The invention of printing allowed books and images to become household objects. Both could be reproduced quickly and in large numbers, whereas before this revolutionary technology they could only be drawn, painted or written by hand.
The use of woodblocks to print text had been known in the East since the 8th century. In Europe the technique was first applied to textiles, but shortly after 1400 it was adopted also for images.
The final major breakthrough in printing came in the 1450s, when Johannes Gutenberg in Mainz produced a Bible using a new method based on moveable type, with individual metal letters and characters. Widespread printing was also made possible by the increasing availability of paper. Much cheaper than parchment it made printing economically viable.
This short film focuses on woodcut printing. Printmaker and artist Anne Desmet was commissioned by the V&A to make a copy of sheet of playing cards in the Museum's collections. The orginal sheet of cards was printed onto paper with a woodblock. The sheet was then hand-coloured using stencils.
This film was supported by William and Valerie Brake.
Printed objects from the V&A's collections
The objects displayed below reflect the different printing techniques used in Europe between 1450–1520.
Madonna and Child in a Courtyard, about 1474
The Madonna and Child in a Courtyard
Engraving on paper, lettered with the artist's monogram and device
Museum no. E.674-1940
From the bequest of Miss Alice G E Carthew
Martin Schongauer, son of a goldsmith, was one of the first European artists to explore the full expressive potential of engraving. Even working on a very small scale, he could create a vivid image. Contemporaries soon recognised the importance of Schongauer's technique and within his lifetime began to collect his prints.
Fragment of printed linen, 1350–1400. Museum no. 1745-1888
Fragment of printed linen
Pink linen printed with black pigment, probably by woodblock
Museum no. 1745-1888
Printed textiles predated prints on paper, but few survive today. This one shows women trapping birds in a vine. As with other examples, it is mostly the background that is printed in colour, not the design of figures, birds and foliage.
Book of Hours, about 1501. Museum no. RC.H.13
Book of Hours
Print and metal-cut on parchment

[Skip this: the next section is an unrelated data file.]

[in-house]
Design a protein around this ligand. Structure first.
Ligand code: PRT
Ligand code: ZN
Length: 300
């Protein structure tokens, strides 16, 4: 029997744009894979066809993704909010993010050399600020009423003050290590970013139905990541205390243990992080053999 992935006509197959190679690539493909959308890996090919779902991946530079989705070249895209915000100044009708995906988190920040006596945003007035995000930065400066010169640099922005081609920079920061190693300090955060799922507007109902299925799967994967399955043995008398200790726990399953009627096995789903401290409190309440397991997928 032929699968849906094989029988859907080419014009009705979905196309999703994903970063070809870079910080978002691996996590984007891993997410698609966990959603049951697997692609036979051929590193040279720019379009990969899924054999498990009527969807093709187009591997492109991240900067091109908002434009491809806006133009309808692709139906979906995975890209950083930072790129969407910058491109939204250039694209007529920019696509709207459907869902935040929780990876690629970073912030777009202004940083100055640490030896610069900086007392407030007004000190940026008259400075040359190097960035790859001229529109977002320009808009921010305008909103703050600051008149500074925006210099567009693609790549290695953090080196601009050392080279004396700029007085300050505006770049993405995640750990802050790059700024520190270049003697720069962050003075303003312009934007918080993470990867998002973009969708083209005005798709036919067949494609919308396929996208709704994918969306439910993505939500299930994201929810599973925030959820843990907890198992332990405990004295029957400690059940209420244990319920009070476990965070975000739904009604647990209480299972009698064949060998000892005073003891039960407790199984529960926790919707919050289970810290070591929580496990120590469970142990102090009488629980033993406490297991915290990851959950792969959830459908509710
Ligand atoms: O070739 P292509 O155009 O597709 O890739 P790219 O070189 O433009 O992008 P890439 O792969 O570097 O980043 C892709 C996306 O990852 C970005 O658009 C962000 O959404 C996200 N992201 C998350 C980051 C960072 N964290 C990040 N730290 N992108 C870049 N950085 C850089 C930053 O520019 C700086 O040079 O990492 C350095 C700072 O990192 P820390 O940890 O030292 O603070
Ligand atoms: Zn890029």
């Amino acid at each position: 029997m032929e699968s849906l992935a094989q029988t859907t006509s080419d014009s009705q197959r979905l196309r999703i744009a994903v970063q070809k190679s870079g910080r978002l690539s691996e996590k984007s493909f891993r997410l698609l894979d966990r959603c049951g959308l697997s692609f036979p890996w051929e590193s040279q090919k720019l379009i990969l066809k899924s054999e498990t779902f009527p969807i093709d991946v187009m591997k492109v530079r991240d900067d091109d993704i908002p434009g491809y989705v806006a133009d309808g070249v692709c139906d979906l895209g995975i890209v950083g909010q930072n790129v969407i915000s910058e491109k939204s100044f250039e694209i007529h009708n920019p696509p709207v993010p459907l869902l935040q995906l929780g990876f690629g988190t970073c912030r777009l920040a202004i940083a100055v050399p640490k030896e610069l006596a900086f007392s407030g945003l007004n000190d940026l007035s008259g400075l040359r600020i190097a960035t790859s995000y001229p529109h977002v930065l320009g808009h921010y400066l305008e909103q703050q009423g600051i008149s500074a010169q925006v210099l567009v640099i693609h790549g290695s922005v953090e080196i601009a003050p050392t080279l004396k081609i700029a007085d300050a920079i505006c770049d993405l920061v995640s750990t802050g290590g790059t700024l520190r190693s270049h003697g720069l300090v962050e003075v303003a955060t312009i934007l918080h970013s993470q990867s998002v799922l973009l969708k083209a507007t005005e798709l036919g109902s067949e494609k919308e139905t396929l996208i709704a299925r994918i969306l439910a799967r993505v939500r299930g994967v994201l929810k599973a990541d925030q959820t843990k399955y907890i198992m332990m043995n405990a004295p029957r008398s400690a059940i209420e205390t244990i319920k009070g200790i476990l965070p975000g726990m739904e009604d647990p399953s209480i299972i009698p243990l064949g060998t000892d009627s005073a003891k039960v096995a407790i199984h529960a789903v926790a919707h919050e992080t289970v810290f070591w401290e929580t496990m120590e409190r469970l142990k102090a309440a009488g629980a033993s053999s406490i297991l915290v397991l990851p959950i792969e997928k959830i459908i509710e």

Museum no. RC.H.13
A book of hours had a cycle of prayers for use throughout the day. In the mid-1480s the wealthier Paris publishers began to produce versions crammed with printed ornament and images. They were a colossal publishing success. Philippe Pigouchet printed this one for Simon Vostre, a bookseller in the Rue Neuve Notre Dame.
Virgin and Child, 1450–75. Museum no. 321A-1894
Virgin and Child
Woodcut, coloured by hand and stuck onto wood
Museum no. 321A-1894
Hundred of examples of this print were doubtless produced but this is the only known survivor. Being stuck to a wooden surface, perhaps a door, saved it from destruction. Prints like this enabled more people to have religious images in their own homes.
Nine of Hares playing card, about 1500. Museum no. E.14-1923
Nine of Hares playing card
Master P W of Cologne (active about 1499–1503)
Engraving on paper, lettered 9 and VIIII
Museum no. E.14-1923
One of the earliest uses of printing was the mass production of playing cards. Previously they had been drawn or hand-painted. This card is one of a pack of 72 printed playing cards consisting of five suits: hares, parrots, roses, columbines and carnations.
Blockbook Bible for the Poor, about 1465
Blockbook Bible for the Poor (Biblia Pauperum )
Woodcut on paper
Germany or the Netherlands
Museum no. E.686 to 725-1918
Bought under the terms of the Murray Bequest
Each page in a blockbook was printed from a single woodblock, a method that was used for works in high demand. Although this book is called a 'bible for the poor', the complex format - with scenes from Christ's life paralleled by ones from the Old Testament, along with an explanatory text - suggests an educated, well-off readership.
Hypnerotomachia Poliphili, 1499. Museum no. 87.F.27
Text by Francesco Colonna (1433?–1527)
Printed by Aldus Manutius
Ink on paper; woodcut illustrations after designs by an unknown artist (perhaps Benedetto Bordon)
Museum no. 87.F.27
Widely regarded, then as now, as the most beautiful printed book of its time, this uses a combination of words and pictures to recount Poliphilo's search for his love, Polia. In Italian but aimed at readers familiar with Ovid, Apuleius and other classical texts, the story gives atmospheric descriptions of ruins, monuments, sculptures and antiquities.